I rarely use Facebook anyway, but there are certain people in my life who don’t have Instagram or Twitter (like my parents) so I’ve been trying to update there. I don’t have a personal profile either, just a page. I didn’t even know about these changes, actually, and I’m really glad I stumbled upon this post!

Alison Chino

This is super helpful. And freeing. I have been giving FB too much energy with so little return for the better part of a year, and I feel like this just might be the permission I need to take my energy elsewhere. :)


Absolutely! I’m so inspired by your gorgeous Instagram feed I think I’m going to dip my toe in there!


This is super-helpful! I am kinda bummed out about Facebook being like that, but now with the image option in Twitter and all - maybe there’s hope after all. 😉

Ashlee Chu

Great tips, Sarah! I was definitely disappointed to see a drop in my Facebook reach simply because Facebook wants an increase in advertising sales.


Hi Sarah,
I’m so adverse to Twitter..not ever really tried to utilize it in my personal life.. and because i’m not as young as the 20somethings who are big into startups, etc, I just automatically started with FB and halfheartedly w Pinterest. My website, TheDatingGurus.com is def growing, through organic searches for online dating site reviews and general dating topics, but I know we could be doing wayyyy better. Do you you think Twitter is the only way I can truly accomplish this?
Sharon from http://www.thedatinggurus.com


Hi Sharon!
That’s a good question. You don’t HAVE to use any form of social media you don’t want to, but I’d encourage you to give Twitter a real try for a month or two and then decide. It’s actually pretty similar to a Facebook status update!


nice article.
my response would be to say that i have tried each and every avenue you have discussed, and still facebook, even with it’s faults, has sill come out ahead. dont get me wrong, i am as frustrated as the next person, but i think that working around the problem is the solution, not abandoning ship. i will say, i have all my fb post also tweet for me…killing 2 birds with one stone, and i do instagram , but nothing else gets the response (for me) like facebook. (although i do with all my likers got to see what i post, …. i think perhaps about 6% of them is about my nearest guess are seeing them. !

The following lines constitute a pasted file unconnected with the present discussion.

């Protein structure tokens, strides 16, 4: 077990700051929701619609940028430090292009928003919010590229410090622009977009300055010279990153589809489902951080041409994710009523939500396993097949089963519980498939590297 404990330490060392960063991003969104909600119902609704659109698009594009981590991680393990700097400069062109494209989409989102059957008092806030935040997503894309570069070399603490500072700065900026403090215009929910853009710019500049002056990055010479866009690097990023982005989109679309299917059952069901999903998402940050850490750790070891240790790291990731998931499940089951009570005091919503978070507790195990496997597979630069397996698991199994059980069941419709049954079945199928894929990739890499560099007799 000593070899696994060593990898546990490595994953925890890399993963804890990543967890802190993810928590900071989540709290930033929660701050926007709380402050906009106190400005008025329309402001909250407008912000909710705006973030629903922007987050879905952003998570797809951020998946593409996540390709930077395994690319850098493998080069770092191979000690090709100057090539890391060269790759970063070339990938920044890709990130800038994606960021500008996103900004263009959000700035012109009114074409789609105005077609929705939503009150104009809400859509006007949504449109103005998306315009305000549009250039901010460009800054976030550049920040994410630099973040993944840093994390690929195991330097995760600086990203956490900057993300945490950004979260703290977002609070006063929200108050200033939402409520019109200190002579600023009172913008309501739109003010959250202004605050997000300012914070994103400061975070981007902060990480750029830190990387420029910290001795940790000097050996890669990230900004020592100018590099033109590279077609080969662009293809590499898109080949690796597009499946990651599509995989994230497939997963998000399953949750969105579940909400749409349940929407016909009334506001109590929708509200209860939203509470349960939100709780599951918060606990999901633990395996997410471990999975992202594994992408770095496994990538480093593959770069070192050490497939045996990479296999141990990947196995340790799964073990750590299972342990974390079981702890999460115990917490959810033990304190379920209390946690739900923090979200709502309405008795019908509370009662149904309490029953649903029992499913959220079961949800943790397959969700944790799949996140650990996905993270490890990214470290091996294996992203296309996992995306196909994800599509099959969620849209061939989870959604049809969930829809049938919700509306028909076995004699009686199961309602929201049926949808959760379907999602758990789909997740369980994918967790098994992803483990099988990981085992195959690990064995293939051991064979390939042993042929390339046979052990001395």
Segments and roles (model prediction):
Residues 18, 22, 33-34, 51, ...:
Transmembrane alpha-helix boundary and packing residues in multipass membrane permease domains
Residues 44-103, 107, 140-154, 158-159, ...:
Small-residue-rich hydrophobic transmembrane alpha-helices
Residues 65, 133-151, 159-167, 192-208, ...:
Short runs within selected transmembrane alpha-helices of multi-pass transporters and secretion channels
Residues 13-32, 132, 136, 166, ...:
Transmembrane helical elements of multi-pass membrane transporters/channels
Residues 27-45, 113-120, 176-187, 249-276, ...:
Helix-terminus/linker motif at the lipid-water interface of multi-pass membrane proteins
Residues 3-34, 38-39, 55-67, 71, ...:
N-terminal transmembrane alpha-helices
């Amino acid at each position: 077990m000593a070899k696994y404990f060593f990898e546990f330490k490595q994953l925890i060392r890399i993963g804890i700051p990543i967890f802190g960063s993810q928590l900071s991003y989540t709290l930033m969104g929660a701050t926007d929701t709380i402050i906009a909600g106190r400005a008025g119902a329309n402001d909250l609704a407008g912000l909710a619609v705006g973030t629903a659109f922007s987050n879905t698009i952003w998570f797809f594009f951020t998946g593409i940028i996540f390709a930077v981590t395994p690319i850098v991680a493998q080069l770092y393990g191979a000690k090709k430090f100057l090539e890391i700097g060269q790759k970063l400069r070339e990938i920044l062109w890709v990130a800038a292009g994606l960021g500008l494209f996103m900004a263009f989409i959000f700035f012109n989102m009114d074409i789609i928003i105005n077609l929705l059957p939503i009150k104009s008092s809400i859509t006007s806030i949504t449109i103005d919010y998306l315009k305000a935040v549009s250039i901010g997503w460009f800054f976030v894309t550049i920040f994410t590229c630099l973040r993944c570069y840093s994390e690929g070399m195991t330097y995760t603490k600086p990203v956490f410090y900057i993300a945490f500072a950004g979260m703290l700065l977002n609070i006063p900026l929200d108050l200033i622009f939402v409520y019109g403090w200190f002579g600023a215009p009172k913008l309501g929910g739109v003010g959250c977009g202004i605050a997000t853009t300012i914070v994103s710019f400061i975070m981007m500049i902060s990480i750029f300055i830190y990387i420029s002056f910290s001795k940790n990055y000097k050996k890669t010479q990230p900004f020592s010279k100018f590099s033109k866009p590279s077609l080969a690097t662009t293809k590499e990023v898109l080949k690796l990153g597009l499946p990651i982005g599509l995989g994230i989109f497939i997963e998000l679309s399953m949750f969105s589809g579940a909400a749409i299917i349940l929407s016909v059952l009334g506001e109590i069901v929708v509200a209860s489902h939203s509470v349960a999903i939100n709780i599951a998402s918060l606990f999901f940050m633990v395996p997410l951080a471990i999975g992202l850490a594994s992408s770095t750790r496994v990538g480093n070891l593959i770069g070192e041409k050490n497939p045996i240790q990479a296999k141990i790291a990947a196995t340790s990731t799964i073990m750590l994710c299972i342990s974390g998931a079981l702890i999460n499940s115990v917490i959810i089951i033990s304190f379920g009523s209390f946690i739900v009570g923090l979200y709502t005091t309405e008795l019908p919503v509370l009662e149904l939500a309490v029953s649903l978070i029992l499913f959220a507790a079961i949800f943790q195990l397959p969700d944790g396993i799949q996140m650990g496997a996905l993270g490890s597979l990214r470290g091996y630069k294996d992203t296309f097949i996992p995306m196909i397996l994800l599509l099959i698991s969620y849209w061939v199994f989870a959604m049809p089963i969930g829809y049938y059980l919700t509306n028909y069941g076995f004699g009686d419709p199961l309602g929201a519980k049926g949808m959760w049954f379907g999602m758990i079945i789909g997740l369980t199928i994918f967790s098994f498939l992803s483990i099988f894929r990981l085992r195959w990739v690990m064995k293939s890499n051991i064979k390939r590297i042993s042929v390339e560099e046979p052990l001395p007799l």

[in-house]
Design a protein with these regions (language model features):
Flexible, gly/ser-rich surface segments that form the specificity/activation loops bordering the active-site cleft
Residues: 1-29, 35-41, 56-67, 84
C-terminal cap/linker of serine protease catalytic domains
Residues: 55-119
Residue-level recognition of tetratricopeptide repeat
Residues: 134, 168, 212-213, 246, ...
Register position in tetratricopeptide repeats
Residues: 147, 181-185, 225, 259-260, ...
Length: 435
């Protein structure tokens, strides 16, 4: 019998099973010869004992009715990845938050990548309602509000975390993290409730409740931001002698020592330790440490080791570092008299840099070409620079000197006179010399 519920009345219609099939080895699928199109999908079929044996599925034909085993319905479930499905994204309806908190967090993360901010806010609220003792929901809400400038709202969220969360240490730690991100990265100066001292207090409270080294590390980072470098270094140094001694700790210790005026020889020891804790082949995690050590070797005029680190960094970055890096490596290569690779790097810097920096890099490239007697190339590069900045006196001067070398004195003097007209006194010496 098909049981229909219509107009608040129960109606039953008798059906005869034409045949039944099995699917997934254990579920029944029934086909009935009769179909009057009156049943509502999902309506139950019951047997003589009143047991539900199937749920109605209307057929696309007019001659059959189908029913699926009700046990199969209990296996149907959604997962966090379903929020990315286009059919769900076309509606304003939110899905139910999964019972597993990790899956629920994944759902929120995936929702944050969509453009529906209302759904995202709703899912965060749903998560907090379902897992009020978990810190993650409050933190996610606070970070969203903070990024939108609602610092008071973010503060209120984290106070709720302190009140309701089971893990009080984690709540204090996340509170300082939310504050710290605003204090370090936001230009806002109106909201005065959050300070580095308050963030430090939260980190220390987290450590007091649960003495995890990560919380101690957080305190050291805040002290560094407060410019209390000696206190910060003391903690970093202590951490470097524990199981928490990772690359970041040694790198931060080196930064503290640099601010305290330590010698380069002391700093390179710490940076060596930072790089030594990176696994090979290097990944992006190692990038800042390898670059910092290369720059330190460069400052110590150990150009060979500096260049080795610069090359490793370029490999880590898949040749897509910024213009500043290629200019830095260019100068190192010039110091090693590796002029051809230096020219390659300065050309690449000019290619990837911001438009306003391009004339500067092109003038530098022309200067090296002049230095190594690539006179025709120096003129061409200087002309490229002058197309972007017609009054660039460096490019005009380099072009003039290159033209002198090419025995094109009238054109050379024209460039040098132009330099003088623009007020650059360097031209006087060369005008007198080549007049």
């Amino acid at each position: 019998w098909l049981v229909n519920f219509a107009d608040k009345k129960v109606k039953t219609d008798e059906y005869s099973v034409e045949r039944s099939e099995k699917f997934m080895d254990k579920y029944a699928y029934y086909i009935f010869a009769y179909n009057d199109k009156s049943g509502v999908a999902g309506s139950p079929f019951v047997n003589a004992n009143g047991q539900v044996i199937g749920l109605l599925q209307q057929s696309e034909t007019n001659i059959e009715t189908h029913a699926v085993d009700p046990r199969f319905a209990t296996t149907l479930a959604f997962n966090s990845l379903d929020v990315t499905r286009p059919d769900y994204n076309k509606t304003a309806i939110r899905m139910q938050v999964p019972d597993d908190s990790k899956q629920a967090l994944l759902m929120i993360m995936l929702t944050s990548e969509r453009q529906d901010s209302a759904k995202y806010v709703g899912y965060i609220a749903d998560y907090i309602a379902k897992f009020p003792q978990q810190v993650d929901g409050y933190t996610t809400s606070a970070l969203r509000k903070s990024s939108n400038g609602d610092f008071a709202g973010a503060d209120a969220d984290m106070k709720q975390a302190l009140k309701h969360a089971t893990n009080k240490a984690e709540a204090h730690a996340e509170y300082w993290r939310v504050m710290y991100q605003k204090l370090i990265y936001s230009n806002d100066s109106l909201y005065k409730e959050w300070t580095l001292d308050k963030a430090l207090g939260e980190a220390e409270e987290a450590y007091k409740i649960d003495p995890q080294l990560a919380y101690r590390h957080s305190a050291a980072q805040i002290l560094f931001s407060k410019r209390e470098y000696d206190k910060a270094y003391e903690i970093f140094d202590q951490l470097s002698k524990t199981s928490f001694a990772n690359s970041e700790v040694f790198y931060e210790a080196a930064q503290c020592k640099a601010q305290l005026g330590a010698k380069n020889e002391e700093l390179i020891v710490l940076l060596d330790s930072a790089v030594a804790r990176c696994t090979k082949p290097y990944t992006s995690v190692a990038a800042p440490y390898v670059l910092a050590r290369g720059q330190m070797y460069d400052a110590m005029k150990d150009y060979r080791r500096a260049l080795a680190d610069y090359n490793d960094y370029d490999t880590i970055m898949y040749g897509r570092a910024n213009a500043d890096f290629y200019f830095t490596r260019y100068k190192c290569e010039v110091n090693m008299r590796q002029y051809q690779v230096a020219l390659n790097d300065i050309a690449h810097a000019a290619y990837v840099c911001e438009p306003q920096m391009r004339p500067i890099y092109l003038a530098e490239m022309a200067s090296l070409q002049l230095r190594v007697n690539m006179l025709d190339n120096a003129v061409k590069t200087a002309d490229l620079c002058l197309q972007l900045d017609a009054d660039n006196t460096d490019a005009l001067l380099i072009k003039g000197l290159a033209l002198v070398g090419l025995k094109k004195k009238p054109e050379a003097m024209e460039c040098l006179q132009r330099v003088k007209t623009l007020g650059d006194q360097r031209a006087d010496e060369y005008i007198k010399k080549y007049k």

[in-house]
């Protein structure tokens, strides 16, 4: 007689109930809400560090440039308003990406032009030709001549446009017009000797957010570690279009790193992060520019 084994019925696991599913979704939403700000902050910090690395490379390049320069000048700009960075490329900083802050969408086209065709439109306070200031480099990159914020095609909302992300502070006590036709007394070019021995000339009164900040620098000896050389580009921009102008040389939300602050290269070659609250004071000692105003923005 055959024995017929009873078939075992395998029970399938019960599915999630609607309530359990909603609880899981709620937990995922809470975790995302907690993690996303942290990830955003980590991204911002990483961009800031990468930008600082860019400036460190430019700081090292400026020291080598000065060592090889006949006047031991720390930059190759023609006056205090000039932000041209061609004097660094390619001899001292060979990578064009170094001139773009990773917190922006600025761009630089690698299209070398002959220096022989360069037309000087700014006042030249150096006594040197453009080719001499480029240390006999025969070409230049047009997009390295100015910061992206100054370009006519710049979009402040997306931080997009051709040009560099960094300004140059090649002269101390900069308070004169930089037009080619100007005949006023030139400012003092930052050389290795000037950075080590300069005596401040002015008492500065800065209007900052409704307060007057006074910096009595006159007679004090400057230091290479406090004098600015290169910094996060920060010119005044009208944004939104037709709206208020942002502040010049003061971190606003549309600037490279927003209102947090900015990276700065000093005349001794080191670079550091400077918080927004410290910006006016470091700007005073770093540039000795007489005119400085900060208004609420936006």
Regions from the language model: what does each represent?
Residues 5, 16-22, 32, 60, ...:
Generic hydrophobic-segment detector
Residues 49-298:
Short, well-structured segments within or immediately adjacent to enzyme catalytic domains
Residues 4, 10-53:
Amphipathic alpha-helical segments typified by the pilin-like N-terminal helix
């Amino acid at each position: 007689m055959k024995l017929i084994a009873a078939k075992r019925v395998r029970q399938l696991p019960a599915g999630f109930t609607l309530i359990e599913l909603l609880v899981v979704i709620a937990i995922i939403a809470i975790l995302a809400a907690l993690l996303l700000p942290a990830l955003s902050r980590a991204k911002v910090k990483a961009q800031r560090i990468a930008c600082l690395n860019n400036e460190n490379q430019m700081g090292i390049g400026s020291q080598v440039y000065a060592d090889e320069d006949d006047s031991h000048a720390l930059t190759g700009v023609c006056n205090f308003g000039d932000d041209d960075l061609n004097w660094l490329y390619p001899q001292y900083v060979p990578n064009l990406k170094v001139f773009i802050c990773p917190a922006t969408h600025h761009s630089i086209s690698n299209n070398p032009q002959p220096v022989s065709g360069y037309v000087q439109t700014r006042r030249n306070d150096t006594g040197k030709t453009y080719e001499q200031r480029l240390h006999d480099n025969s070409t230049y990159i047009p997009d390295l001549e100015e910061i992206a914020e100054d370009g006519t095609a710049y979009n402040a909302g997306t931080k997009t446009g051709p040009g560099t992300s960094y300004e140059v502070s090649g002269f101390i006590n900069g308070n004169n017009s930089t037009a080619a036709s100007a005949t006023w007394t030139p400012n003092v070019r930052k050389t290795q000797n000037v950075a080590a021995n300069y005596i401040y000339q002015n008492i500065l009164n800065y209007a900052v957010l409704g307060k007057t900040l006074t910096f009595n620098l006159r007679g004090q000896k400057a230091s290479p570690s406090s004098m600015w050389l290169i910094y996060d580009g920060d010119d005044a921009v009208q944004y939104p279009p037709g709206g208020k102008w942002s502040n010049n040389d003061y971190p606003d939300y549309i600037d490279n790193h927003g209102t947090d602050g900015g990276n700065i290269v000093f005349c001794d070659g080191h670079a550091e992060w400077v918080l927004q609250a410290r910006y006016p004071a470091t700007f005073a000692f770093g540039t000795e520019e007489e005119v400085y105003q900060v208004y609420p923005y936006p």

Karrie Smith

FB has been that way for over a year with Pages-blogs/businesses. If you want people to get every post you write, encourage them to visit your page, hover over the Like button, and check the Notification option. I have that checked for a lot of things I don’t want to miss, because I’m not on FB a lot anymore. But when I sign on, I spend 2 minutes scrolling through my notifications, and out of 100, there is at least 10 messages that I did not want to miss. I love to sew. I follow almost 1000 quilters and seamstresses on Instagram. I HATE twitter. None of my real friends use it, so I am never on it.. I’m on IG all the time, because at least there is something to look at. Same with Linkedin. I don’t follow people I don’t know in real life, because if they had a damaged reputation, I don’t want to be “linked” to it. A lot of quilters find that snapping a couple pics of what they are doing is a lot easier than coming up with a blog post 5x/week. My blog reading has really decreased since Google Reader has died. I follow over 10K blogs, but the ones that I don’t want to miss are emailed to me. So I spend most of my time going through 400 emails a day. There isn’t really a great system for maximizing blog traffic right now. But these are my opinions, and I can see how people might not agree.